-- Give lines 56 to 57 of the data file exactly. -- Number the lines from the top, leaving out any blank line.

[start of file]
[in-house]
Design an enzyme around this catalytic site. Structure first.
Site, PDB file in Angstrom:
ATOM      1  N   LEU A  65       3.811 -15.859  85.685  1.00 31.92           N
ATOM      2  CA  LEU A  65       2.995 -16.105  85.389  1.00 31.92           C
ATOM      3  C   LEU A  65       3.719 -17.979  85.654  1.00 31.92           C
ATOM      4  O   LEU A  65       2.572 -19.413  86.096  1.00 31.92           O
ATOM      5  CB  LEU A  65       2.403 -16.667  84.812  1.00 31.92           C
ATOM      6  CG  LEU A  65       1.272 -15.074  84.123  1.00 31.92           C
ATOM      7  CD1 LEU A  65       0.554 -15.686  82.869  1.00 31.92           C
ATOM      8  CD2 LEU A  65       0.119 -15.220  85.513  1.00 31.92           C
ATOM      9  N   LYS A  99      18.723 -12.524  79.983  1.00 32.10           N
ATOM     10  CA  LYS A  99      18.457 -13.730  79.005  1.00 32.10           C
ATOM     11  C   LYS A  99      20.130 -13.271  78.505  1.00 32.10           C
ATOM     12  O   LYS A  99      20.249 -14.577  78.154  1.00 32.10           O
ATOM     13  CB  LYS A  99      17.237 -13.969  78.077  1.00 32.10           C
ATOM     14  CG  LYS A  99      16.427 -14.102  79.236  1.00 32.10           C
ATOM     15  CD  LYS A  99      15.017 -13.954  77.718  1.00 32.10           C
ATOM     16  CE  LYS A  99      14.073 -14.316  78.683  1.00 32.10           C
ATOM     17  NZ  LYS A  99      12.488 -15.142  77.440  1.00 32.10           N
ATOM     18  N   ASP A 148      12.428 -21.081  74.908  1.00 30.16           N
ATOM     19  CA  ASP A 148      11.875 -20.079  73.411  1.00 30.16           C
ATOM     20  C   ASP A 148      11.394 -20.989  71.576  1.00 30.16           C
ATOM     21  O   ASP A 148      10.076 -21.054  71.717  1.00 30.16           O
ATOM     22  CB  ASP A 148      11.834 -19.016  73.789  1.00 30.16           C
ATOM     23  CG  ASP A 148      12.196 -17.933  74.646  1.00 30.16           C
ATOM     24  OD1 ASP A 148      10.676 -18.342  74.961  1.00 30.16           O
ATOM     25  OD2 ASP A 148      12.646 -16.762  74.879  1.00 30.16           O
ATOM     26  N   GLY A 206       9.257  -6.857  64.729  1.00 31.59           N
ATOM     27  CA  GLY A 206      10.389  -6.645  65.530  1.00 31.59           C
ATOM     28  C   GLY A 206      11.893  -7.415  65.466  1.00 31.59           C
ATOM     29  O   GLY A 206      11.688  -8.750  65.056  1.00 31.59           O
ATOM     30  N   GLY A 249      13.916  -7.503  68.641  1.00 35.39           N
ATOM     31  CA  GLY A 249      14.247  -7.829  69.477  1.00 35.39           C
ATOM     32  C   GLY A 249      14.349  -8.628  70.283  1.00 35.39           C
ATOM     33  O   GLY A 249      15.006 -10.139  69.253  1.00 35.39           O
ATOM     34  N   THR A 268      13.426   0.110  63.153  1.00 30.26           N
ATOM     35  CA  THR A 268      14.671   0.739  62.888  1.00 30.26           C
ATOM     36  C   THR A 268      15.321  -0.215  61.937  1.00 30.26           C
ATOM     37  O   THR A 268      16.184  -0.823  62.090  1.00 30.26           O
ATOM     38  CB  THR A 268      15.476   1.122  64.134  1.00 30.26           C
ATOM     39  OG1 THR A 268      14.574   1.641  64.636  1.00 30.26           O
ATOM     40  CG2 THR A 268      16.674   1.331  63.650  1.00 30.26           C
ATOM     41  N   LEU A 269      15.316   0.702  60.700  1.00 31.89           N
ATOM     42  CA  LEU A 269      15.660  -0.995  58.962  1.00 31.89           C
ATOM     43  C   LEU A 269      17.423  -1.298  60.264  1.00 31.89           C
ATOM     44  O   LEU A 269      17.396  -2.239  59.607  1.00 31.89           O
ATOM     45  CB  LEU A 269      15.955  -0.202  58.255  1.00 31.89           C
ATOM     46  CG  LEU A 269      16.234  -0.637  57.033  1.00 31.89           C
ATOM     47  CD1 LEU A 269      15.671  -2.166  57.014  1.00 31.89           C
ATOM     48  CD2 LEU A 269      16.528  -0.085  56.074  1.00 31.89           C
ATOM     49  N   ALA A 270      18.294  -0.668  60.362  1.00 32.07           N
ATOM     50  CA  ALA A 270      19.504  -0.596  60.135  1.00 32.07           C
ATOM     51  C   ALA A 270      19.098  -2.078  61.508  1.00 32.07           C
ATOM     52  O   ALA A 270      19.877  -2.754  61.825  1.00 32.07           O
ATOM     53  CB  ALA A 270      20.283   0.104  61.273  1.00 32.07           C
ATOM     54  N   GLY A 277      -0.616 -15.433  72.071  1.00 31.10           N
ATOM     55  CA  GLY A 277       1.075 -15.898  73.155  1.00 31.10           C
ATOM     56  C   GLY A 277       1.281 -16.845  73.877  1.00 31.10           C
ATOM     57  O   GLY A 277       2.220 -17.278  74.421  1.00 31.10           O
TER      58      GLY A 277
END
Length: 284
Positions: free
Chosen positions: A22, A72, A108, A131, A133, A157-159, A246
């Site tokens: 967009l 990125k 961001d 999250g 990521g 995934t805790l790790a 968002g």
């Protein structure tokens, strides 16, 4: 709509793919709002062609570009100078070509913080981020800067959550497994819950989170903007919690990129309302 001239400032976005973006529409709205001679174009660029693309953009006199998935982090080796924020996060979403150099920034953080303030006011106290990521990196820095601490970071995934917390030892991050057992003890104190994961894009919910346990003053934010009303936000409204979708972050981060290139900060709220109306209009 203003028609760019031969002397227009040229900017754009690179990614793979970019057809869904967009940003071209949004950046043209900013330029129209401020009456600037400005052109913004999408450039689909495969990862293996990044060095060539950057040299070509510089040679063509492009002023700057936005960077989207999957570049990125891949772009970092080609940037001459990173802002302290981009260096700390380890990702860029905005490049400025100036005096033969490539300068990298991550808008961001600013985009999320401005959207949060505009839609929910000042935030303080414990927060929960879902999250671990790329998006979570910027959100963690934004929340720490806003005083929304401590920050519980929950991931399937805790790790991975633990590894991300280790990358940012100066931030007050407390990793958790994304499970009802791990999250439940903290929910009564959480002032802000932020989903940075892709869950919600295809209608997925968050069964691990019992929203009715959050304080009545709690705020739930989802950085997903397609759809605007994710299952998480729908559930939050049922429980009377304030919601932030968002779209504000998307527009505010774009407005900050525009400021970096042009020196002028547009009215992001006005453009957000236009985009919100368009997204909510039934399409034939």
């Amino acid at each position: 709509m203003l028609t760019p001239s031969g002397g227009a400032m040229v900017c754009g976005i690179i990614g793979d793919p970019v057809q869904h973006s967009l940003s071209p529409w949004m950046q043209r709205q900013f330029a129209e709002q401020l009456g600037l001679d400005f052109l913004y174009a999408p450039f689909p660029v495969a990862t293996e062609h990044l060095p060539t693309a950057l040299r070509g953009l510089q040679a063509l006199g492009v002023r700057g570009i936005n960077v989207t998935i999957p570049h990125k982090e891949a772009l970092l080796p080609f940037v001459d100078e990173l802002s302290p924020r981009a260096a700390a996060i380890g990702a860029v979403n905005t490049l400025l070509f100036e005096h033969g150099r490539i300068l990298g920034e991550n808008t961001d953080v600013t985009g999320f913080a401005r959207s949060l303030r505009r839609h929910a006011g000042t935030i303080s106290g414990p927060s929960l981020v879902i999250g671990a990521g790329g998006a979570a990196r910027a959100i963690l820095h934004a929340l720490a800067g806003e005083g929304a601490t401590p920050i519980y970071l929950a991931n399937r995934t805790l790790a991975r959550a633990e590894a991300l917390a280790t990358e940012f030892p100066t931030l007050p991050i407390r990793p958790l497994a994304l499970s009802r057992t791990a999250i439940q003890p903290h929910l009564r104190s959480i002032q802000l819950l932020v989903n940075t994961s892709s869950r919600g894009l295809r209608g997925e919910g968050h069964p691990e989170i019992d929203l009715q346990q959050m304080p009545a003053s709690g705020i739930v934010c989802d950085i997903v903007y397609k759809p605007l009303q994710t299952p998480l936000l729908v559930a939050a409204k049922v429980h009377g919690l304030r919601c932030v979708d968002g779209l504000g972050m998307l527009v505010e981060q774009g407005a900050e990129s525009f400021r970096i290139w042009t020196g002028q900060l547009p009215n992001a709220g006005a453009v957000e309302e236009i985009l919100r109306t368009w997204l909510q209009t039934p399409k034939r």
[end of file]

ATOM     53  CB  ALA A 270      20.283   0.104  61.273  1.00 32.07           C
ATOM     54  N   GLY A 277      -0.616 -15.433  72.071  1.00 31.10           N